Want to run a faster mile? Here's what you've got to do. Read on for tips and techniques for getting your mile time down.
Ah, the sweet mile: 1.609,35 meters of cardio goodness. Good on its’ own, or the perfect distance to accompany weight training as a warm-up or cool-down. I love the mile – short and sweet – and frankly, after a mile or so that’s when I start wanting to lift something heavy. 5k, you’re okay too. But the mile… what a great distance!
When you become a mile connoisseur, you start to want to do crazy things: like run it faster! Now why we humans like to do things faster is a big mystery, but it is what it is. You start running a faster mile, you get to the point where just 1 isn’t enough – you want to do 2, or even 3. And that, my friends, is the start of a slippery slope: next you’re on to 3 miles, then half-marathons and marathons. Maybe even ultramarathons – ahhhh! And it all started with the humble mile… Meanwhile the weight room sheds tiny little tears of loneliness (awwwww).
In all seriousness, remember to combine your cardio with strength training. Cardio = good for fat loss and endurance. Weight training = good for lean, sexy, body and muscle strength!
Bottom line: the mile is a great foundational distance for you to improve your speed on. It doesn’t matter if you’re doing a 10 minute mile, or heck, even a 20 minute mile at the moment, you can get faster. So whatever your end goal is, try out the tips below to increase your speed and decrease your time.
Before we get to the tips, a word of caution: if you’re a beginner runner. who can barely eke out a mile before you collapse in a heap of exhaustion, forget about training for speed at the moment. Aiming for speed before you’ve built up and conditioned your leg muscles and tendons, is a recipe for injury. It’s much better to aim to increase distance and endurance for about 3 months without even thinking about speed.
Tips to Run a Faster Mile
Warming up is important with any exercise, but it’s especially important when you’re doing high-intensity and speed training. Make sure you spend 5 – 15 minutes warming up: you can even do a 1 mile warm-up at a relaxed pace.
Go for endurance.
To increase the speed you run 1 mile, aim to do 2 – 3 mile runs at a straight pace. E.g. if you currently do 1 mile at 10 minutes, aim to do 2 miles at 10 minutes a mile – so the total would be 20 minutes. This will build up your endurance, so you can focus on adding speed to your 1 mile.
Hill, stair (run up, walk down) and sand runs are a fantastic way to develop strength and endurance. You can start with sprints lasting 20 seconds,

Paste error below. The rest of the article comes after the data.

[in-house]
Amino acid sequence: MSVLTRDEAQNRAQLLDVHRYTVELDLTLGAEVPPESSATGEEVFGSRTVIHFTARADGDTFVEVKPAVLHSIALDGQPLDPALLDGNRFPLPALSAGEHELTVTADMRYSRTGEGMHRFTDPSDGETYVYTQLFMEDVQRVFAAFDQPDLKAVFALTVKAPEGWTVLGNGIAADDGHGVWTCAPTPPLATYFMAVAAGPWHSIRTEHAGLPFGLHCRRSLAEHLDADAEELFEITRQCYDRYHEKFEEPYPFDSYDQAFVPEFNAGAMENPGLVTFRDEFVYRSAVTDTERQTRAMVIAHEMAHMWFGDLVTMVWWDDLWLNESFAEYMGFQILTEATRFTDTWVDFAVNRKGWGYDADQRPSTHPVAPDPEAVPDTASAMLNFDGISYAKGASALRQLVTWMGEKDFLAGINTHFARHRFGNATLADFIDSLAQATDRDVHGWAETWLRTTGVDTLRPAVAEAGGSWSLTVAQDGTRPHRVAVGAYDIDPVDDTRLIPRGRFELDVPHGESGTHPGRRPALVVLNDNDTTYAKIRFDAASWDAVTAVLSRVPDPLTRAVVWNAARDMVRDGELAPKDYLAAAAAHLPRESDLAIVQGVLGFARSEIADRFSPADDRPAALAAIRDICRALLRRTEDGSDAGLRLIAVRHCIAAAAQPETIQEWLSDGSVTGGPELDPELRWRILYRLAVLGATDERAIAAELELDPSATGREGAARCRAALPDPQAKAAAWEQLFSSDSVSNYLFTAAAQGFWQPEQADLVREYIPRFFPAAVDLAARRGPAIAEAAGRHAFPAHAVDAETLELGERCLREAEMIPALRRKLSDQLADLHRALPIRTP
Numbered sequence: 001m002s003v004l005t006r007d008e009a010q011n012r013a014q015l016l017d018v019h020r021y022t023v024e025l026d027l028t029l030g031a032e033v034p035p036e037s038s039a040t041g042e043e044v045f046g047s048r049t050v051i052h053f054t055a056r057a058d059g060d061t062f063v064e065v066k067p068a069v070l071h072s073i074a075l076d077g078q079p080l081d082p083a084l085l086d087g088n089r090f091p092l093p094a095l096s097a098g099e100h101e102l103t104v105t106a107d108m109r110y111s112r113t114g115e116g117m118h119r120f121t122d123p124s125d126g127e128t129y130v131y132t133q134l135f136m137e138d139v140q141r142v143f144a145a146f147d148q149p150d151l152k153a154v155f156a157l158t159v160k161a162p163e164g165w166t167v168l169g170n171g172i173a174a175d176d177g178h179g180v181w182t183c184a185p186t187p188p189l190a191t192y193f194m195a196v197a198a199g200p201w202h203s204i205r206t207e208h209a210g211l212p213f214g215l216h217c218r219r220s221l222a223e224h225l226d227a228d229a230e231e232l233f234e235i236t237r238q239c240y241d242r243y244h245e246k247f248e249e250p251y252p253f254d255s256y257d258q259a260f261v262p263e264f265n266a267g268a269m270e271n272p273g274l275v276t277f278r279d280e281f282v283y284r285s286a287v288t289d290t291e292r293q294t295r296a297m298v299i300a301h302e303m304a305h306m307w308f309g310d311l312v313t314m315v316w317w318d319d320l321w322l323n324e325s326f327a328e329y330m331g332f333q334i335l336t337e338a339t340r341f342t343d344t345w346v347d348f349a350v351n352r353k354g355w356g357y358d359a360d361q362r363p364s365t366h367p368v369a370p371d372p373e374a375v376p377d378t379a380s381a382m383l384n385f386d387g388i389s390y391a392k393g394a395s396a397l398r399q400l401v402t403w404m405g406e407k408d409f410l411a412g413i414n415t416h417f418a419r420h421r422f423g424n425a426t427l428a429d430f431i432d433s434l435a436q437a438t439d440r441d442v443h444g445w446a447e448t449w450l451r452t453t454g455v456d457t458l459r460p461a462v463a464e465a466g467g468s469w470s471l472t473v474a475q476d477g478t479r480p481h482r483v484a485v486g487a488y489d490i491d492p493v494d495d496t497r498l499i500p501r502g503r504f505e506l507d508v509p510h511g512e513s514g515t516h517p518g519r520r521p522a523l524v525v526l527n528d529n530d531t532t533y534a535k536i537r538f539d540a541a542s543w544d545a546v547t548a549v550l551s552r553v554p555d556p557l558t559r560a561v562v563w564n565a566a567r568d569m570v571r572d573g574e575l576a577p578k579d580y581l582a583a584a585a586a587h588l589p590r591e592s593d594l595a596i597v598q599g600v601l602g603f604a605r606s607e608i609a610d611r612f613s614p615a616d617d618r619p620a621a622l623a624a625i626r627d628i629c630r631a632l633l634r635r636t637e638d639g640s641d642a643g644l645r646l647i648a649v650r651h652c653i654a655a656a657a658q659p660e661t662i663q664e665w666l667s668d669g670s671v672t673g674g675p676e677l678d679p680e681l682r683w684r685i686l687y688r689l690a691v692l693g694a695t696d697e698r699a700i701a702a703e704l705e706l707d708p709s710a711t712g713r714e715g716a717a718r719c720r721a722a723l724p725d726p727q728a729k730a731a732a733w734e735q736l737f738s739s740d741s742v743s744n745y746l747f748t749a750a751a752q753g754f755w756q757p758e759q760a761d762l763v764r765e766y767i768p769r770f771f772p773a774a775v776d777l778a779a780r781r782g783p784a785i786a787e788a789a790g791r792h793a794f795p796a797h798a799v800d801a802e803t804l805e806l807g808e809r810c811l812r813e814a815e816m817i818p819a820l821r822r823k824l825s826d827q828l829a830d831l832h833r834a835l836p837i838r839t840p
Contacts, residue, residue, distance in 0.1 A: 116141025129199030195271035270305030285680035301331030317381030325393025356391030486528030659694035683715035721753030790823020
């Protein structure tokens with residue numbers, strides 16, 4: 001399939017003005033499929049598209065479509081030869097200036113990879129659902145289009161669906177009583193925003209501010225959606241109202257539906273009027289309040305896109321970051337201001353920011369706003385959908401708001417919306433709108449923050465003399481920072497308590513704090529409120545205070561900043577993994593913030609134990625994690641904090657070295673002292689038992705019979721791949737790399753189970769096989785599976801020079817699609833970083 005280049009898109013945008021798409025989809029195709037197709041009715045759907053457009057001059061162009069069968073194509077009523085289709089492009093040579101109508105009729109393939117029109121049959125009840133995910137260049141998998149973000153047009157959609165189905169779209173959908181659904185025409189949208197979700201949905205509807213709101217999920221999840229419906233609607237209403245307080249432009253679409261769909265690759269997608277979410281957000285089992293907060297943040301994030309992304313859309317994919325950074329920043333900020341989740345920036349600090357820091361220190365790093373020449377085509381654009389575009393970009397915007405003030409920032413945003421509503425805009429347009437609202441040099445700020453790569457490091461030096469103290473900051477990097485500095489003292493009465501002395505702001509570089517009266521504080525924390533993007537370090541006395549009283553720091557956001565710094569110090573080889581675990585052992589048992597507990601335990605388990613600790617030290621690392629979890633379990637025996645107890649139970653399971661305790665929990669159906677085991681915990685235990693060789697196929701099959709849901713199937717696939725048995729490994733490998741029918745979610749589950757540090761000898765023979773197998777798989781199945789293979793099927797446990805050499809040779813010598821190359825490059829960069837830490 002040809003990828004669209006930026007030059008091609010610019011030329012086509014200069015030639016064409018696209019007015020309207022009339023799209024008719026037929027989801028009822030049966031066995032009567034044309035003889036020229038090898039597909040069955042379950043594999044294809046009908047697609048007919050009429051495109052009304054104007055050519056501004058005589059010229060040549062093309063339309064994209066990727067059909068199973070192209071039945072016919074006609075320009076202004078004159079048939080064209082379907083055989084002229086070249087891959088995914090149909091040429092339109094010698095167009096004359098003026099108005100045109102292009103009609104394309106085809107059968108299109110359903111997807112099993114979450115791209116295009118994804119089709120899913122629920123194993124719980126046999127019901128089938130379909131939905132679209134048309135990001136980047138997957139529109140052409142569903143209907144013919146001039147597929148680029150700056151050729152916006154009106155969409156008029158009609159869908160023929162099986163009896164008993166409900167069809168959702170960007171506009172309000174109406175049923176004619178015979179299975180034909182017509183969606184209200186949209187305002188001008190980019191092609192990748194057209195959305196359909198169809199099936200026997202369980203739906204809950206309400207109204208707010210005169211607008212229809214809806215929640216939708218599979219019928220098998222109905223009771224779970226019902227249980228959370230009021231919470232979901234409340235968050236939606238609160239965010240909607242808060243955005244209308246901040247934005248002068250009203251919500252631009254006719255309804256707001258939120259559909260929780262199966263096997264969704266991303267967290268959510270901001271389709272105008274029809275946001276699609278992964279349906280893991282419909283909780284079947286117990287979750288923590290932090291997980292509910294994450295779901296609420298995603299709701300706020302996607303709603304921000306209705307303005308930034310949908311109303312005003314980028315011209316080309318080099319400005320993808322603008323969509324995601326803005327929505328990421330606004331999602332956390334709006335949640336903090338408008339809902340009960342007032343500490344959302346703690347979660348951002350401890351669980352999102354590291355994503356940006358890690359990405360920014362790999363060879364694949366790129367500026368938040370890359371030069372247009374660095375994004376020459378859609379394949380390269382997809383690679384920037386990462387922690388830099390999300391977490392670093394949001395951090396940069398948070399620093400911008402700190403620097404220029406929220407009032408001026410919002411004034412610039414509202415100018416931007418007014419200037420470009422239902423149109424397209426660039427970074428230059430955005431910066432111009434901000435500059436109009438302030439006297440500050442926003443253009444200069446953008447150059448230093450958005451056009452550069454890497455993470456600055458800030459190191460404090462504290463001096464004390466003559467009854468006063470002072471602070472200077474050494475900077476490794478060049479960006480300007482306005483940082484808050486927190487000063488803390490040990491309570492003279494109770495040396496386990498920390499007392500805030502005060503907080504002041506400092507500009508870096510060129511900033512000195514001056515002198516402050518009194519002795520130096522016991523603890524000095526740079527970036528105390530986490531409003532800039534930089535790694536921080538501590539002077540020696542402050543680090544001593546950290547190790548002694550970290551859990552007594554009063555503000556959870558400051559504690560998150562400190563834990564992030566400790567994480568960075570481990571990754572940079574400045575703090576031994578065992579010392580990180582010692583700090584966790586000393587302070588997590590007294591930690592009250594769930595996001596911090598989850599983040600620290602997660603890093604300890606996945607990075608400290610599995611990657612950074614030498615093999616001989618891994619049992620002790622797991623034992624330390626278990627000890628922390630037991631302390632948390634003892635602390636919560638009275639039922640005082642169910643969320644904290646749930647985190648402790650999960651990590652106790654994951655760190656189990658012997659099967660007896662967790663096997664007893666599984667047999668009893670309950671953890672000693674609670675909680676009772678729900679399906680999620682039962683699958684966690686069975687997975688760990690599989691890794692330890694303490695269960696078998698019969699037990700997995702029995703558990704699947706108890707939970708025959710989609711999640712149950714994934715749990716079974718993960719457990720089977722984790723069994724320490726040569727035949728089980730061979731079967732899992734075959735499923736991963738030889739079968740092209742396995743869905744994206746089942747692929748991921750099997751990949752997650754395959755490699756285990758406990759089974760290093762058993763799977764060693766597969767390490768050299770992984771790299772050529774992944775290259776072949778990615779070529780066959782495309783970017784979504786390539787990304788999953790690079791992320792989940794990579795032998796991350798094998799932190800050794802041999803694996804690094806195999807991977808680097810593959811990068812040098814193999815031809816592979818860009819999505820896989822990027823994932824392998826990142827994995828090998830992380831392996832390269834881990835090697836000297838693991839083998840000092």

walk down as your rest, then build up to 40 second sprints. Work up to 10 of those, two times a week and you will see a huge improvement in your strength and endurance.
Hit the treadmill.
The treadmill, love it or hate it, has a few benefits: weather-proof, accuracy for pace training, keeps you at a steady pace, can do inclines and offers a lot of training variety. So don’t worry if you can’t hit the Great Outdoors, the treadmill is fine.
Just HIIT it.
High-intensity interval training is a great way to improve your speed as well as maximize fat loss. You can do 200m – 400m intervals: e.g running 200m at a sprint and then jogging 200m to recover – rinse and repeat 8 times. Or you can try out Fartleks (I know. It’s Swedish.) or ladders – both are forms of of HIIT.
Sleep, fuel and hydrate.
This is an obvious one, but it bears repeating because we often forget it: get enough sleep, eat well and drink enough water – especially if you’re training hard.
Building muscle strength will boost your speed (as well as give you a better physique). Try out some lower body strength training workouts .
Lighten the load.
Yep, it’s true: the lighter you are, the faster you go. The good news is that speed training (especially HIIT) will help you burn fat (provided you’re eating clean), which should allow you to run faster. And it’s not just about your body either, you can lighten your workout gear too with minimalist running shoes and clothing.
Stretch it out.
We all know stretching is good for us. but how many of us actually do it? If you want to increase your running speed, stretching can help you increase your stride length which should translate to faster times. In addition, being flexible helps prevent injury, so get those postural muscles nice and loose!
Perfect your technique.
Good running technique prevents injury and enhances performance: watch this video on running technique for some tips.
You want to be quick on your feet, then speed drills are the way to go. Granted, they can look a bit strange – like you’re running very fast, but not getting anywhere – but as strange as they look, doing them can really improve your performance. Here are some good ones.
Rest and recover.
Rest and recovery is critical, so make sure you get it. You should take at least 1 day off between intense training: e.g. if you train weekdays, take Wednesday off as a rest day (you could do upper body strength training on this day).
Use those tips for a few months and you’re sure to improve your 1 mile time. Next thing you know, you’ll be running 3 miles, half-marathons and maybe even marathons – just remember the strength training too!
What’s your current 1 mile time? Let us know in the comments below!